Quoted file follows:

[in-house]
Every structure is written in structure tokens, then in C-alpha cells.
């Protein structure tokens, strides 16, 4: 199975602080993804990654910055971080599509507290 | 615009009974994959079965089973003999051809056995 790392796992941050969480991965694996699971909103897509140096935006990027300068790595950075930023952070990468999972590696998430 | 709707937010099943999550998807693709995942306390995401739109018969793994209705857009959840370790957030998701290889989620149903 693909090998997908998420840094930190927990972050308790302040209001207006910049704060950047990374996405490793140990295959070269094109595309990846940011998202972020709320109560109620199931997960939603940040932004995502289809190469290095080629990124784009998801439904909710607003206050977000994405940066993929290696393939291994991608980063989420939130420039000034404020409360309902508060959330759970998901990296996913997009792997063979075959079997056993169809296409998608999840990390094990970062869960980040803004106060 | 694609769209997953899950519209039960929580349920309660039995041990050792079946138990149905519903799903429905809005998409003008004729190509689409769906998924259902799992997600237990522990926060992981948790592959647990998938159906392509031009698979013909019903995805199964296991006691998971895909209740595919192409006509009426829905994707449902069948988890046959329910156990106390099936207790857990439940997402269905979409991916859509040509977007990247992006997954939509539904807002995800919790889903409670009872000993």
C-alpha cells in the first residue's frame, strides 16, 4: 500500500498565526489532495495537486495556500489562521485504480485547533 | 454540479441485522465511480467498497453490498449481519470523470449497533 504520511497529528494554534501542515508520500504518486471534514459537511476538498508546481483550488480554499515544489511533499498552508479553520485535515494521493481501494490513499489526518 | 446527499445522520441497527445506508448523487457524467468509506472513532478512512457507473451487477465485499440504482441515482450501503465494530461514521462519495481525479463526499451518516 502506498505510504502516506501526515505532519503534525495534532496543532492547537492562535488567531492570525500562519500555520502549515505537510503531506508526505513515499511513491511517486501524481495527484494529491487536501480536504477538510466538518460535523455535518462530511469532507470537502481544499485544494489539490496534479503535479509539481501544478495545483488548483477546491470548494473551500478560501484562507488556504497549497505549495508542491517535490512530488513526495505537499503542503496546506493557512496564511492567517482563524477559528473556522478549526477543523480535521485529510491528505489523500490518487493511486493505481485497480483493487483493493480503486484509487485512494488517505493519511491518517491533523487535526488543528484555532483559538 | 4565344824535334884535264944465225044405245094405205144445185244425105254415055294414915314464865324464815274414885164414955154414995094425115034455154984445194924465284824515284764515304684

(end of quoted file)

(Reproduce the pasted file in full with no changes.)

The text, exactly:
[in-house]
Every structure is written in structure tokens, then in C-alpha cells.
């Protein structure tokens, strides 16, 4: 199975602080993804990654910055971080599509507290 | 615009009974994959079965089973003999051809056995 790392796992941050969480991965694996699971909103897509140096935006990027300068790595950075930023952070990468999972590696998430 | 709707937010099943999550998807693709995942306390995401739109018969793994209705857009959840370790957030998701290889989620149903 693909090998997908998420840094930190927990972050308790302040209001207006910049704060950047990374996405490793140990295959070269094109595309990846940011998202972020709320109560109620199931997960939603940040932004995502289809190469290095080629990124784009998801439904909710607003206050977000994405940066993929290696393939291994991608980063989420939130420039000034404020409360309902508060959330759970998901990296996913997009792997063979075959079997056993169809296409998608999840990390094990970062869960980040803004106060 | 694609769209997953899950519209039960929580349920309660039995041990050792079946138990149905519903799903429905809005998409003008004729190509689409769906998924259902799992997600237990522990926060992981948790592959647990998938159906392509031009698979013909019903995805199964296991006691998971895909209740595919192409006509009426829905994707449902069948988890046959329910156990106390099936207790857990439940997402269905979409991916859509040509977007990247992006997954939509539904807002995800919790889903409670009872000993």
C-alpha cells in the first residue's frame, strides 16, 4: 500500500498565526489532495495537486495556500489562521485504480485547533 | 454540479441485522465511480467498497453490498449481519470523470449497533 504520511497529528494554534501542515508520500504518486471534514459537511476538498508546481483550488480554499515544489511533499498552508479553520485535515494521493481501494490513499489526518 | 446527499445522520441497527445506508448523487457524467468509506472513532478512512457507473451487477465485499440504482441515482450501503465494530461514521462519495481525479463526499451518516 502506498505510504502516506501526515505532519503534525495534532496543532492547537492562535488567531492570525500562519500555520502549515505537510503531506508526505513515499511513491511517486501524481495527484494529491487536501480536504477538510466538518460535523455535518462530511469532507470537502481544499485544494489539490496534479503535479509539481501544478495545483488548483477546491470548494473551500478560501484562507488556504497549497505549495508542491517535490512530488513526495505537499503542503496546506493557512496564511492567517482563524477559528473556522478549526477543523480535521485529510491528505489523500490518487493511486493505481485497480483493487483493493480503486484509487485512494488517505493519511491518517491533523487535526488543528484555532483559538 | 4565344824535334884535264944465225044405245094405205144445185244425105254415055294414915314464865324464815274414885164414955154414995094425115034455154984445194924465284824515284764515304684